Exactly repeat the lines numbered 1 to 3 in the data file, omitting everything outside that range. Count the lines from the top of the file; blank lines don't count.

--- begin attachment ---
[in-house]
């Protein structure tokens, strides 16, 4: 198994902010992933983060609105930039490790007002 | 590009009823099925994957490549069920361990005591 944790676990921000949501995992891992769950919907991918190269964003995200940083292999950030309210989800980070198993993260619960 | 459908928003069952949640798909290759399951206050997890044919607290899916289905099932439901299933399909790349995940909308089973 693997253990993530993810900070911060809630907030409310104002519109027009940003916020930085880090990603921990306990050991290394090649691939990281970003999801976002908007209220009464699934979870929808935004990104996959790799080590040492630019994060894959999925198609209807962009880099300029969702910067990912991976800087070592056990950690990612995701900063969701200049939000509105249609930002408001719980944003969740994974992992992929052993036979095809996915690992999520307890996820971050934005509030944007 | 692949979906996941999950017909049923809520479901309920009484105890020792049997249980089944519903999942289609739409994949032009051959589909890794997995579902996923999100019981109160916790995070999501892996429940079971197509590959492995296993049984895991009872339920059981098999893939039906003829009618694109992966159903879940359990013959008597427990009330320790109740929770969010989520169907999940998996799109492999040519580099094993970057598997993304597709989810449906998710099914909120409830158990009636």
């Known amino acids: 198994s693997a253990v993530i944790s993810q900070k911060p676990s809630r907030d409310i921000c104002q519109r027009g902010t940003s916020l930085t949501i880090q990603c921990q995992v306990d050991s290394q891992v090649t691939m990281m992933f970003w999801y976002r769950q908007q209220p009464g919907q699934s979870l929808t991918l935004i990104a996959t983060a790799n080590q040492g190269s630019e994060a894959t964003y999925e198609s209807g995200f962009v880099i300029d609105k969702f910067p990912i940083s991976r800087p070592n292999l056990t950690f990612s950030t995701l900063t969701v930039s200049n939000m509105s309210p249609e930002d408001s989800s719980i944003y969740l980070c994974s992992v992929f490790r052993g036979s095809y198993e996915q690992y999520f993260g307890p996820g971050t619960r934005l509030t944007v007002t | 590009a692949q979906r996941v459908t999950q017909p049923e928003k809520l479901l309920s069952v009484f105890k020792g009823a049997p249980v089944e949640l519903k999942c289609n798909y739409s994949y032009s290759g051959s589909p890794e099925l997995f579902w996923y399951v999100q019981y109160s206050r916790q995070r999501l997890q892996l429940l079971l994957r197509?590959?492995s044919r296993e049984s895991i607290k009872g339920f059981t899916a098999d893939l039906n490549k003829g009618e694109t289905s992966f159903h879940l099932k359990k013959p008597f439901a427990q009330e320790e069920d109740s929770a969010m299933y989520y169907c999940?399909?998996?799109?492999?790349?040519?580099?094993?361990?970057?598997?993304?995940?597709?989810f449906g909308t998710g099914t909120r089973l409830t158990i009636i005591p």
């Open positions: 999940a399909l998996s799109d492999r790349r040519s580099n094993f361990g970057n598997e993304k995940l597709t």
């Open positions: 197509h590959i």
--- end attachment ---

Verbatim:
[in-house]
């Protein structure tokens, strides 16, 4: 198994902010992933983060609105930039490790007002 | 590009009823099925994957490549069920361990005591 944790676990921000949501995992891992769950919907991918190269964003995200940083292999950030309210989800980070198993993260619960 | 459908928003069952949640798909290759399951206050997890044919607290899916289905099932439901299933399909790349995940909308089973 693997253990993530993810900070911060809630907030409310104002519109027009940003916020930085880090990603921990306990050991290394090649691939990281970003999801976002908007209220009464699934979870929808935004990104996959790799080590040492630019994060894959999925198609209807962009880099300029969702910067990912991976800087070592056990950690990612995701900063969701200049939000509105249609930002408001719980944003969740994974992992992929052993036979095809996915690992999520307890996820971050934005509030944007 | 692949979906996941999950017909049923809520479901309920009484105890020792049997249980089944519903999942289609739409994949032009051959589909890794997995579902996923999100019981109160916790995070999501892996429940079971197509590959492995296993049984895991009872339920059981098999893939039906003829009618694109992966159903879940359990013959008597427990009330320790109740929770969010989520169907999940998996799109492999040519580099094993970057598997993304597709989810449906998710099914909120409830158990009636």
């Known amino acids: 198994s693997a253990v993530i944790s993810q900070k911060p676990s809630r907030d409310i921000c104002q519109r027009g902010t940003s916020l930085t949501i880090q990603c921990q995992v306990d050991s290394q891992v090649t691939m990281m992933f970003w999801y976002r769950q908007q209220p009464g919907q699934s979870l929808t991918l935004i990104a996959t983060a790799n080590q040492g190269s630019e994060a894959t964003y999925e198609s209807g995200f962009v880099i300029d609105k969702f910067p990912i940083s991976r800087p070592n292999l056990t950690f990612s950030t995701l900063t969701v930039s200049n939000m509105s309210p249609e930002d408001s989800s719980i944003y969740l980070c994974s992992v992929f490790r052993g036979s095809y198993e996915q690992y999520f993260g307890p996820g971050t619960r934005l509030t944007v007002t | 590009a692949q979906r996941v459908t999950q017909p049923e928003k809520l479901l309920s069952v009484f105890k020792g009823a049997p249980v089944e949640l519903k999942c289609n798909y739409s994949y032009s290759g051959s589909p890794e099925l997995f579902w996923y399951v999100q019981y109160s206050r916790q995070r999501l997890q892996l429940l079971l994957r197509?590959?492995s044919r296993e049984s895991i607290k009872g339920f059981t899916a098999d893939l039906n490549k003829g009618e694109t289905s992966f159903h879940l099932k359990k013959p008597f439901a427990q009330e320790e069920d109740s929770a969010m299933y989520y169907c999940?399909?998996?799109?492999?790349?040519?580099?094993?361990?970057?598997?993304?995940?597709?989810f449906g909308t998710g099914t909120r089973l409830t158990i009636i005591p």